Scan by Walter Jury and Sarah Fine

scan by sarah fine

Tate and his father don’t exactly get along. As Tate sees it, his father has unreasonably high expectations for Tate to be the best—at everything. Tate finally learns what he’s being prepared for when he steals one of his dad’s odd tech inventions and mercenaries ambush the school, killing his father in the process and sending Tate on the run from aliens who look just like humans.

Even with all he knows like how to defend himself with useful tools made out of bubblegum, Tate fears he’s still inadequate.  With the help of his girlfriend and estranged mother, all Tate can really do is keep moving and ensure his father’s invention stays out of the hands of his pursuers and that his father didn’t die in vain.   A riveting, fast-paced adventure, Scan is a clever alien thriller with muscle and heart.

I received an advance copy of this book from the publisher via Netgalley for purposes of review. These opinions are my own. The description of the book used here was taken from Goodreads.

 It’s been a while since I read some science fiction, with the exception being Burn Out by Kristi Helvig. I loved how much of this world was related to the main theme of science fiction, but also brought in many different elements and themes.

For one thing, thriller. This is a thriller. For being considered a thriller, some parts were slow. While I did like the way the authors worked up to certain scenes, I also felt that some parts to the story were unnecessary. However, pacing overall was very well done. It’s a pretty quick book, moving from place to place, but not too fast.

One thing I enjoy almost every time: clever characters. Witty, smart, quick, call it what you will–but clever characters just do it for me. And I really enjoyed the way that Tate used his scientific knowledge to get past obstacles and work his way through tight situations. However, the use of it in a whimsical, prankster way was appealing to me as well. While Tate does make some stupid decisions, reading from his POV made me understand a lot of why he did what he did–even if I didn’t always enjoy his character.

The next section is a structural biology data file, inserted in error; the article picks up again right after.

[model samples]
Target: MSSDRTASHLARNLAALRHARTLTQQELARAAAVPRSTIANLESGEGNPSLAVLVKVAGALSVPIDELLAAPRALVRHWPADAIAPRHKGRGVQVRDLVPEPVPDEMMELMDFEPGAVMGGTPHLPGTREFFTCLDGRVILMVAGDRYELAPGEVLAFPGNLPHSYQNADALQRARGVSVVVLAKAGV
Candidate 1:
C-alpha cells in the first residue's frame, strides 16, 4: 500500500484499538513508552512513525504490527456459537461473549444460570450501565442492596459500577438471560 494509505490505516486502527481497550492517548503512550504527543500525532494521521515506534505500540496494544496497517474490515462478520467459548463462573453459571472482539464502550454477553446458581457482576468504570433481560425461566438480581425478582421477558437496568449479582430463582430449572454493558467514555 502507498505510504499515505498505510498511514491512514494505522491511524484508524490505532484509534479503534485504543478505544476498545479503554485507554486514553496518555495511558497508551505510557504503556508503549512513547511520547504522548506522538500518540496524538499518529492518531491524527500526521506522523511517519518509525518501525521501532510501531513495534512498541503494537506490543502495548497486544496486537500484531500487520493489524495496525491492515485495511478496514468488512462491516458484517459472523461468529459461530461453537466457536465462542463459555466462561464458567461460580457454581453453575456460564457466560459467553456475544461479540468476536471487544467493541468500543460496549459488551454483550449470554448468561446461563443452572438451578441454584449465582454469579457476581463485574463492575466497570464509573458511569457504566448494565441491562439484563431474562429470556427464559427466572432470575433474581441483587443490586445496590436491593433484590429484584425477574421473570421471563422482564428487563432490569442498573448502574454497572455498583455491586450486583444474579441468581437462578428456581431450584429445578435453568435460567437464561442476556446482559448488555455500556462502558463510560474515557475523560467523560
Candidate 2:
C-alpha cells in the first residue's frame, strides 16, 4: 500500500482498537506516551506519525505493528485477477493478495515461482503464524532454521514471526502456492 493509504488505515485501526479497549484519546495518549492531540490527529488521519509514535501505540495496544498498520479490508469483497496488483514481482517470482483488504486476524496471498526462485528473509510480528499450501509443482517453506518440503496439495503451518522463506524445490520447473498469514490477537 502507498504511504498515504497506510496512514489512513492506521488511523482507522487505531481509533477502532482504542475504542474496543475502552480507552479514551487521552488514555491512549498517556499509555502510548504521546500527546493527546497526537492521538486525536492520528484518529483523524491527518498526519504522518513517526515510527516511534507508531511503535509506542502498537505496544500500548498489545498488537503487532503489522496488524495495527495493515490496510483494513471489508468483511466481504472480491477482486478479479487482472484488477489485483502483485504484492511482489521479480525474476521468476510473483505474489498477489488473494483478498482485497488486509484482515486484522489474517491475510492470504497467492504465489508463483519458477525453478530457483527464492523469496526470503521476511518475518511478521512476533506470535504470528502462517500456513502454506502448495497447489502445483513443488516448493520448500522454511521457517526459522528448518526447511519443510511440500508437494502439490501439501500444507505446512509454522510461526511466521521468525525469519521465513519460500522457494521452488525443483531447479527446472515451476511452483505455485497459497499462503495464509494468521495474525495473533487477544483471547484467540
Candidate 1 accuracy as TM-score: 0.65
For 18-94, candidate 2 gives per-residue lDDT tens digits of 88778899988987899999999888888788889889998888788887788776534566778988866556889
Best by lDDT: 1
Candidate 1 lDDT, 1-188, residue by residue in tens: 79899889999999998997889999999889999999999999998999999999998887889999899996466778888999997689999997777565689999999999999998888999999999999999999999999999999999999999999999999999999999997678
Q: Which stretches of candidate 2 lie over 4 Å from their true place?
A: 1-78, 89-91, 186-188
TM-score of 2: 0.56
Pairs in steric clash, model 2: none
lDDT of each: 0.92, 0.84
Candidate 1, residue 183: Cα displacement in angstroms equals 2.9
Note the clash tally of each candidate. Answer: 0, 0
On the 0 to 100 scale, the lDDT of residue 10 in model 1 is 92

Another thing that didn’t work for me was the relationship. Christina and Tate were great by themselves, but I don’t really enjoy them together. While I wouldn’t say they were bad together, they just weren’t that interesting and they have a long ways to go as a couple.

I definitely had questions at the end. What’s so special about this scanner? What’s up with Christina and Tate? Why do they work? Aliens. There were way too many questions brought up by the aliens, such as why exactly do they look like humans? If that was explained reasonably, I wouldn’t have had a problem with it.

While I say all these things, SCAN really was an enjoyable read. It’s very quick and very well paced. While I had some issues and a lot of questions, I am looking forward to the second book in the series and I think that this was a good layout for what’s to come. I loved many things about the characters and I also liked the way there wasn’t too many of them in the first place so it wasn’t hard to keep track of what exactly was going on. Overall, a good read. While this is for mature readers, I didn’t find problems with it other than intense action sequences and some relationship work. I would recommend this book for fans of Ender’s Game and other science fiction YA and MG. 3.5 stars.

pg count for the hardback: 336



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